* You can find it at

  • It does SSL (the S[secure] part of HTTPS and some other protocols)
  • Can do (almost) everything you need with X.509v3 'certificates'
  • Is a general purpose crypto library
  • Has a suite of testing utilities for debugging SSL connections

The main, source, distribution is at [L1 ]. Openssl has shipped with most linux distros for several years now, *BSD also has it in the standard distributions. As a small side note: be aware that older distributions *may* have an 'export' grade version installed. Do not use those for anything you really want to keep secret.

There seem to be three windows versions:

  • one ships with cygwin, which is just convenient if you use cygwin.
  • one is available as a windows installer at [L2 ], very convenient if you want a simple separate installer for openssl.
  • the GnuWin32 [L3 ] version at [L4 ]. This is a either an installer or a zip file. The zip file makes it simple to distribute it in your .kit files. Just extract to a temp dir and it runs.

MacOSX version?

[what tcl bindings exist?]

TV From what I know it open socket layer, does encryption and can amoung others, lets see, I think they got a simple url. Yup it does: :

DKF: Be aware that using a PKI and SSL does not necessarily make your system secure. For security, remember to audit your code and platform carefully and regularly (e.g. port scanning) and use safe interpreters everywhere appropriate.

The OpenSSL Project is a collaborative effort to develop a robust, commercial-grade, full-featured, and Open Source toolkit implementing the Secure Sockets Layer (SSL v2/v3) and Transport Layer Security (TLS v1) protocols as well as a full-strength general purpose cryptography library. The project is managed by a worldwide community of volunteers that use the Internet to communicate, plan, and develop the OpenSSL toolkit and its related documentation.

OpenSSL is based on the excellent SSLeay library developed by Eric A. Young and Tim J. Hudson. The OpenSSL toolkit is licensed under an Apache-style licence, which basically means that you are free to get and use it for commercial and non-commercial purposes subject to some simple license conditions.

I know cygwin has a version of openssl, which works enough to make good high level encryption certificates, and there is an ssh for instance, too, maybe even a secure X server for the Xfree86 Xwindows emulation on windows, though I don't remember having made that work. It can simply be downloaded and installed with the package, except it is not so easy to find ones way through all stuff by simply following a document. The man pages are there, though, it has genkey and such comands. I think there is a library, too.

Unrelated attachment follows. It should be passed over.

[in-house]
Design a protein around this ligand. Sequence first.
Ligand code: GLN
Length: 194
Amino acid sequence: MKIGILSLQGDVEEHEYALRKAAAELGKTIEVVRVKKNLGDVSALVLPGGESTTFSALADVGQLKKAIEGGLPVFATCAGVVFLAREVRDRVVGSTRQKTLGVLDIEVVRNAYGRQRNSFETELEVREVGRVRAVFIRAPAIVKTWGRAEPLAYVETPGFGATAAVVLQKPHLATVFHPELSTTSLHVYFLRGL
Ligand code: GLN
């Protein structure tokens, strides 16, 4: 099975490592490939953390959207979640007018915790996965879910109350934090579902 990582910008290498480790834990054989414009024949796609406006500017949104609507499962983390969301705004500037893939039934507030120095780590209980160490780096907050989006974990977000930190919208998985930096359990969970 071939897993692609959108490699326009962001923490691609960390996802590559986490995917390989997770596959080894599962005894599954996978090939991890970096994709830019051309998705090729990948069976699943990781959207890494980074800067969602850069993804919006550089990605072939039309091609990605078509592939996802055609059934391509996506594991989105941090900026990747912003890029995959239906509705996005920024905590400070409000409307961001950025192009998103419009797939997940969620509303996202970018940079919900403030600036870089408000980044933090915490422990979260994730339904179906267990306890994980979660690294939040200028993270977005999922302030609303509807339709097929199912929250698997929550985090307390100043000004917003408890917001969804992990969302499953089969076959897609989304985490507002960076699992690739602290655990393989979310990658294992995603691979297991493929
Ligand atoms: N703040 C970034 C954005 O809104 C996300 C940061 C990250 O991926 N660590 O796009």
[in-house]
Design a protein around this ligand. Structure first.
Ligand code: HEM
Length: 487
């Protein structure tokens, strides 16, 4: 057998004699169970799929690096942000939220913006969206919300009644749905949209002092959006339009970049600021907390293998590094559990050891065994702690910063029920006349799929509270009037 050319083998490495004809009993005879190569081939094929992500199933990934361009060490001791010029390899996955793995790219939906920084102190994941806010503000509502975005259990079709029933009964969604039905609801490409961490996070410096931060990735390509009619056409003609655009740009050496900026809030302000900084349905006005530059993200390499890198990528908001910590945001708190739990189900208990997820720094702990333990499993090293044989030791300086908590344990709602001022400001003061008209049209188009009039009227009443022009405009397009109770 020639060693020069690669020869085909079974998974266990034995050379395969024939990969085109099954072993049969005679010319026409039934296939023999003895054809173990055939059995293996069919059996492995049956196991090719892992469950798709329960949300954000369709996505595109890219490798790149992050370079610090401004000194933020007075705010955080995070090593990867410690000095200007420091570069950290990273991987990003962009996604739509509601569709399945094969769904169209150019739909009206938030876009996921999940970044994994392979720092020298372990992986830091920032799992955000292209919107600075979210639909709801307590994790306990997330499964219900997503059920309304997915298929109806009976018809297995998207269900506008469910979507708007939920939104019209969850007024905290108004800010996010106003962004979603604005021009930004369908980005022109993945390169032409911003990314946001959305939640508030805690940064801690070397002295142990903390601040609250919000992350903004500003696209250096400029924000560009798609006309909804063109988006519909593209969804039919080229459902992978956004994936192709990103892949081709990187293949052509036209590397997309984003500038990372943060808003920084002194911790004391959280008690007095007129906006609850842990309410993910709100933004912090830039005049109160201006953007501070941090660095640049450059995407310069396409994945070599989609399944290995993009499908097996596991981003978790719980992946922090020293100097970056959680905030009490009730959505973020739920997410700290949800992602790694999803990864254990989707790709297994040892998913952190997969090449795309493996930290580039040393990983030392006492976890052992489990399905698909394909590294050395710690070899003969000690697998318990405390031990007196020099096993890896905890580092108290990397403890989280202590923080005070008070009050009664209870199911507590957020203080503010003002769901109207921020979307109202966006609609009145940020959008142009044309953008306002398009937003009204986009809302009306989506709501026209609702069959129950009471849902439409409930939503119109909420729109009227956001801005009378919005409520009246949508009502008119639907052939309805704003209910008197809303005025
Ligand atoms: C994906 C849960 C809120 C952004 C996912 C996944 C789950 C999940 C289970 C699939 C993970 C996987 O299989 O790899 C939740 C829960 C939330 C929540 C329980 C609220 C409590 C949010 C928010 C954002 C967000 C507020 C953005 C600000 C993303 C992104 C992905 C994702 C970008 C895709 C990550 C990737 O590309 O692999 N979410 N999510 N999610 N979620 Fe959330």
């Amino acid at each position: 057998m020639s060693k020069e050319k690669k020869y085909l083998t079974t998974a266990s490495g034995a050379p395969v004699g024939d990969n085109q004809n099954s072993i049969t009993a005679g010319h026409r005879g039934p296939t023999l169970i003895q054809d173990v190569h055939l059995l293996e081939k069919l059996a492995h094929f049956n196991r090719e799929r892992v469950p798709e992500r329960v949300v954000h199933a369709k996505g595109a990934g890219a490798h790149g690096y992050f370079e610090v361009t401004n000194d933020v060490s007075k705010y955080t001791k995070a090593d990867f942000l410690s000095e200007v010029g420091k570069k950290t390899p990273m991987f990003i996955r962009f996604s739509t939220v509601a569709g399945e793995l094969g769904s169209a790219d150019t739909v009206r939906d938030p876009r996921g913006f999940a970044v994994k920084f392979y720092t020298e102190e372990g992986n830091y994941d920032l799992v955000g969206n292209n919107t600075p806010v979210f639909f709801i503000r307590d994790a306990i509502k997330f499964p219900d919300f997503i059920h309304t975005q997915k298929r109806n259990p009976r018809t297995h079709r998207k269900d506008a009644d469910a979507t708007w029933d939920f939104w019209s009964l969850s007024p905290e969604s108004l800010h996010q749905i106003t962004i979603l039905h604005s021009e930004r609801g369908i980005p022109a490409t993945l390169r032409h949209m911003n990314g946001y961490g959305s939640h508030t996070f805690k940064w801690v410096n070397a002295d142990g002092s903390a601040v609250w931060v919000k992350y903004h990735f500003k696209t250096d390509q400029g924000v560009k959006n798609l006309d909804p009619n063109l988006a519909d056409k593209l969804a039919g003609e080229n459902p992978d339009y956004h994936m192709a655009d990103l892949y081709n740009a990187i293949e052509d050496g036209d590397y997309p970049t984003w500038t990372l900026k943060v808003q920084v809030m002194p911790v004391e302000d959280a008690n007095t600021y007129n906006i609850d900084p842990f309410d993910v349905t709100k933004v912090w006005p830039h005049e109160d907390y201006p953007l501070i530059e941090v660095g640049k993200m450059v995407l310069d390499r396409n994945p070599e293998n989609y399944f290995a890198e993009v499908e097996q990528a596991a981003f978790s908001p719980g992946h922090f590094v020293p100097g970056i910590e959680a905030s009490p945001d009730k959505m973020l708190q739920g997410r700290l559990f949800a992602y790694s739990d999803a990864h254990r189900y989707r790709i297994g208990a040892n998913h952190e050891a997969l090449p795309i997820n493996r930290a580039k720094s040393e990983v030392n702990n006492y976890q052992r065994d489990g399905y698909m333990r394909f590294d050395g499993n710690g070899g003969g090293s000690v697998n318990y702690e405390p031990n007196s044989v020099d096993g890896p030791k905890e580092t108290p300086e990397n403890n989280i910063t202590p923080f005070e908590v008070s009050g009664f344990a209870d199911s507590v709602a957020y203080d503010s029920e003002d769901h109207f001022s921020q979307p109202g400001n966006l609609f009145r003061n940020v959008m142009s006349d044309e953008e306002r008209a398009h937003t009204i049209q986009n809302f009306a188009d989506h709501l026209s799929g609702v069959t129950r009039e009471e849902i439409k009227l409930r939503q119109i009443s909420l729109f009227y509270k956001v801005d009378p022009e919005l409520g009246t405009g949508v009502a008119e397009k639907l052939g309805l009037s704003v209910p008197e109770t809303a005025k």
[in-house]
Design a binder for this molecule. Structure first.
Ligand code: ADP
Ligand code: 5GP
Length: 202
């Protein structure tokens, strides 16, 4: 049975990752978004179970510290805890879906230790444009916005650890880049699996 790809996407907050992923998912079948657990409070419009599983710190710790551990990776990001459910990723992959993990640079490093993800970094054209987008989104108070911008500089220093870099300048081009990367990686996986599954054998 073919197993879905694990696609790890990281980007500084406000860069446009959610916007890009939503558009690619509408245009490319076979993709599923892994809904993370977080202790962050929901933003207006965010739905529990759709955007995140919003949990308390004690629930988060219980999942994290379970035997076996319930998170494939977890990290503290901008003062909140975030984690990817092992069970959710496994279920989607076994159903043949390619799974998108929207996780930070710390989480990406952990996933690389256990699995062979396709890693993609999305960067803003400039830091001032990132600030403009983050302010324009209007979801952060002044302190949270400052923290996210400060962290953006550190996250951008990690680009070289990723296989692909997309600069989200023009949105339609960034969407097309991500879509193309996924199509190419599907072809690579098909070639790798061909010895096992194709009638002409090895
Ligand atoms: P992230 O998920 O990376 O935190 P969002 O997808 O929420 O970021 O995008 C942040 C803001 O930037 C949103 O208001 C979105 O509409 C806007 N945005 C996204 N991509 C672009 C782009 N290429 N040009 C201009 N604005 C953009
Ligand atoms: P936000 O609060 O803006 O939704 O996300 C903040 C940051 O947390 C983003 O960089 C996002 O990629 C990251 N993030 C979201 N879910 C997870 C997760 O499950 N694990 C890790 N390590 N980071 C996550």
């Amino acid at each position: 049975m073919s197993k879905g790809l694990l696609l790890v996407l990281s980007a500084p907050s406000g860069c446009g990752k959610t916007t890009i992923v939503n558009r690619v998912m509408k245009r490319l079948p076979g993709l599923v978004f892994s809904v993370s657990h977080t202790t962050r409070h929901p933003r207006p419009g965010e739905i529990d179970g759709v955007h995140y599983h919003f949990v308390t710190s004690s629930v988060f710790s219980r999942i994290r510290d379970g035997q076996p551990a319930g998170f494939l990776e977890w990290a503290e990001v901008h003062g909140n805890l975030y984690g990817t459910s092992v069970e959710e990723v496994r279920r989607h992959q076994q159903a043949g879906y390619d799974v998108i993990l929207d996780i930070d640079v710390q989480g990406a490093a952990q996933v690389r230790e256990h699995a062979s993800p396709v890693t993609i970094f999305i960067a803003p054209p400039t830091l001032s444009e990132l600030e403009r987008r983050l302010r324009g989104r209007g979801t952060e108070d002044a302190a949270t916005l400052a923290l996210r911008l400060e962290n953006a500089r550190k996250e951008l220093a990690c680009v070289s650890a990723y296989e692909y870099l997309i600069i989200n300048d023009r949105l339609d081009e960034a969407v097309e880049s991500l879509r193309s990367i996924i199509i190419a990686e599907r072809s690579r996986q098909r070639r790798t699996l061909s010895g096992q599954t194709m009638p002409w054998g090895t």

TV (Mar 9 2004) For what it is worth, this is the outline script I followed for the certificates on the tclhttpd server I let run [L5 ] , which uses the secure socket extension, and starts up easily once you feed it the right certs:

 openssl genrsa -out skey.pem
 openssl req -new -nodes -out ./server.pem -key ./skey.pem

 openssl genrsa -out key1.pem
 openssl req -x509 -nodes -out ca.pem -key key1.pem -new

 openssl genrsa -out key2.pem
 openssl req -x509 -nodes -out s.pem -key key2.pem -new

 openssl ca -keyfile key1.pem -cert ca.pem -in s.pem

The subject came up on the chat, I didn't see anything like it. I run it on a recent cygwin having openssl.

JQ OpenSSL windows binaries are located at:

JGR: The page [L6 ] contains the following text (at least it did on Dec 2, 2004):

  News: Due to a vaguely threatening email from the author of another Windows OpenSSL distribution,
  we are currently unable to provide binaries. Sorry for the inconvenience--we hope to have the download
  available again soon. Failing that, we will provide a link to a suitable Windows alternative. 

category security